The EuroTech Universities Alliance member institutions share the same values as l’X and the same vision on higher education and research: they put emphasis on scientific excellence, student selectivity, willingness to recruit talented and high-level professors and researchers. They deliver training with a good balance in their connections with the scientific and the corporate world. 

École Polytechnique’s mission today is to generate cutting edge knowledge for the benefit of society, and to disseminate it to students, entrepreneurs and industry at large. We believe in the importance of science and innovation as major drivers of societal well-being, and we are also very keen on the importance of the employability of our students. Building on our leading position in France, with a unique degree of interaction with CNRS, the National Research Agency, we have strengthened our plea for research as the major driver of our growth. Fostering academic cooperation, strengthening scientific and academic exchange opportunities and promoting international understanding, we should, in collaboration with the EuroTech Universities Alliance member institutions, four excellent global science and technology universities, evolve together to foster the emergence of the new era and face the societal challenges of today.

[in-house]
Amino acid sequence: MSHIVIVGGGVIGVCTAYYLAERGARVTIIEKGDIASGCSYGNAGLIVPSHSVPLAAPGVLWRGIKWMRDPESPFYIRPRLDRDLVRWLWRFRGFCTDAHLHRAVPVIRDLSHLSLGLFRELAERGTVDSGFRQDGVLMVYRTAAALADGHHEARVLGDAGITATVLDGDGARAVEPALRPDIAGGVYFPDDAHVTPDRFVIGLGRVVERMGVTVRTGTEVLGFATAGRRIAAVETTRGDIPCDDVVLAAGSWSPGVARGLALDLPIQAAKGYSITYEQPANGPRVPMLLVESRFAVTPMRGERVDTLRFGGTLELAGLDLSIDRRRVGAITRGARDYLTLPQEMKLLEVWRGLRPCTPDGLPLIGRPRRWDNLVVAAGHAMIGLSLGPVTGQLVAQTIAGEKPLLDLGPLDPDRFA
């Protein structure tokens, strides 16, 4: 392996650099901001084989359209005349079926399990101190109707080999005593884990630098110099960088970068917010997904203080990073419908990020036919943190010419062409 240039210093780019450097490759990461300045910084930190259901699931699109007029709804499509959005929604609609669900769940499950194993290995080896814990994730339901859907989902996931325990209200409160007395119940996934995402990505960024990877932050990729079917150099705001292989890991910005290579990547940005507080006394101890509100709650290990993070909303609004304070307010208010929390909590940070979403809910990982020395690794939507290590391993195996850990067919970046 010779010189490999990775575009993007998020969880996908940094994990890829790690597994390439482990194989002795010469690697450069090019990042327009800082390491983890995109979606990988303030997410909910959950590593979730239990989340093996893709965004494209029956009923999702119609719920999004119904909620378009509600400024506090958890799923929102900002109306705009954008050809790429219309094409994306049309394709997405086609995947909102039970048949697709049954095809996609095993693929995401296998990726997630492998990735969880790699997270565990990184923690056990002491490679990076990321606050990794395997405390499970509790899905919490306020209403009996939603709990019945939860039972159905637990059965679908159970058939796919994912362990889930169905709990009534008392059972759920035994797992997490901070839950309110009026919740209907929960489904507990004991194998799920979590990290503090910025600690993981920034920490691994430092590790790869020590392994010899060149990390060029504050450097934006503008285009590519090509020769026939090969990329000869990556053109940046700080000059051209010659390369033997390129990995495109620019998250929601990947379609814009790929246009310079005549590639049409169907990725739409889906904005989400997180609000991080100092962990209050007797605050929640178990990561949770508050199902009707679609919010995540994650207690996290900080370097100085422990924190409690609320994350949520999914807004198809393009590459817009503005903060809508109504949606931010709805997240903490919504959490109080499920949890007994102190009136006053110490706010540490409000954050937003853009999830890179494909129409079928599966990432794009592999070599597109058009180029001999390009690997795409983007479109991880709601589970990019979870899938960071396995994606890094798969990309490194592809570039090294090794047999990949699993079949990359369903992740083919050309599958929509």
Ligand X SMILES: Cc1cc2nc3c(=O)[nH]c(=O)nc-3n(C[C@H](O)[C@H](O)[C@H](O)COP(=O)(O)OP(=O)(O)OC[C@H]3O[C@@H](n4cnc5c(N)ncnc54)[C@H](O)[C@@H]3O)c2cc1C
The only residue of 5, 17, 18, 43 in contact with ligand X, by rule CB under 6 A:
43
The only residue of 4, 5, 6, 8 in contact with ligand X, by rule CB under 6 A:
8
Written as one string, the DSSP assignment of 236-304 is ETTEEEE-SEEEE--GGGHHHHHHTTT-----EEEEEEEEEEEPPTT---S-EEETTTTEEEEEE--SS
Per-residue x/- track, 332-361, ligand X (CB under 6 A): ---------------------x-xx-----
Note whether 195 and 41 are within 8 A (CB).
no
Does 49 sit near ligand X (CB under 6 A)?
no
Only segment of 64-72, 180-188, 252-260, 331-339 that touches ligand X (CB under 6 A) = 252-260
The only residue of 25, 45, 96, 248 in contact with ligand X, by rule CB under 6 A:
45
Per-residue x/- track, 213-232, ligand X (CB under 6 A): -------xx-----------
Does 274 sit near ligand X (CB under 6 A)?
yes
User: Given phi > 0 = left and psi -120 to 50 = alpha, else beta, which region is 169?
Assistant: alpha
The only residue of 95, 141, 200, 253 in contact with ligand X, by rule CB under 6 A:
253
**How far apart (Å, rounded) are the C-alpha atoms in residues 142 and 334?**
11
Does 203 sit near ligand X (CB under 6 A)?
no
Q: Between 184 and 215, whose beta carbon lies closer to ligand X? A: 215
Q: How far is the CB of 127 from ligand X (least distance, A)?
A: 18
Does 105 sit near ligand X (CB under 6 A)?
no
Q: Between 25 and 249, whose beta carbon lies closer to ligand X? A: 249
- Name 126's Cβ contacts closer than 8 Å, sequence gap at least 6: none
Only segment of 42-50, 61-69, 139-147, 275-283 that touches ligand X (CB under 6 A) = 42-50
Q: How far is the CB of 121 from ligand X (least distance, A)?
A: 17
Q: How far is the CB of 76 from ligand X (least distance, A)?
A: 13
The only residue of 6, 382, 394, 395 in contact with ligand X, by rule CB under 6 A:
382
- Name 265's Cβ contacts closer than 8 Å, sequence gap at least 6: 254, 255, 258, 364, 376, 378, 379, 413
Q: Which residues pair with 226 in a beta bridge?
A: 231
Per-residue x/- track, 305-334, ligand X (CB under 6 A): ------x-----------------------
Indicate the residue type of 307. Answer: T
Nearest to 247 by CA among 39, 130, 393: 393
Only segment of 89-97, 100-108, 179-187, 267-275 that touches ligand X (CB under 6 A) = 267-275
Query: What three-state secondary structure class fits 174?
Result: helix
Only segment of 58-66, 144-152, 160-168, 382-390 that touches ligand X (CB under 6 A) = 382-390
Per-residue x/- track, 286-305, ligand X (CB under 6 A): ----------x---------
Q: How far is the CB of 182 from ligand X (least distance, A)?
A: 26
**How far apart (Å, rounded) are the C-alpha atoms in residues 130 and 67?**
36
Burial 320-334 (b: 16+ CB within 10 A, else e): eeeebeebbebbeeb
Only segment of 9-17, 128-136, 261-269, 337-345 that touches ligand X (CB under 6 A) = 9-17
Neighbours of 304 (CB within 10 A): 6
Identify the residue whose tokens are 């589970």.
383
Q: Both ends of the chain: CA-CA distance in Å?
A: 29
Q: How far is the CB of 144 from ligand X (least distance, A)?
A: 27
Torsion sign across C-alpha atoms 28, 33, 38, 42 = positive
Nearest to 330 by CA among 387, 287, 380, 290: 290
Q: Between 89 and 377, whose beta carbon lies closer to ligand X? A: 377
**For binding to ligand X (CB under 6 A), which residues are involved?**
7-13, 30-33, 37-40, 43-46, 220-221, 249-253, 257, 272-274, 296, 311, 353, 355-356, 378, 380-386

What can École Polytechnique bring to the Alliance and which focus area(s) or activities would you like to develop within the Alliance? 

The EuroTech Universities Alliance member institutions are strongly involved in the development of Innovation and Entrepreneurship and each have a network of industrial partners. In addition to teaching and research, the third pillar of our activity at École Polytechnique is entrepreneurship that becomes, more than ever, a preferred way to create value out of the skills and knowledge developed in our labs and in our classrooms. We created an ecosystem that enables us to really foster entrepreneurship and relationship between our scientists, our students and industry in the interest of society. Many students and scientists wish to play a faster and more direct role in transforming the world by creating their own start-ups. This is a trend universities should encourage, as we did at l’X by opening Drahi X-Novation Center, which offers an ecosystem with a blend of prototyping space, early start-up acceleration, incubation, financing and open-innovation from large multinationals.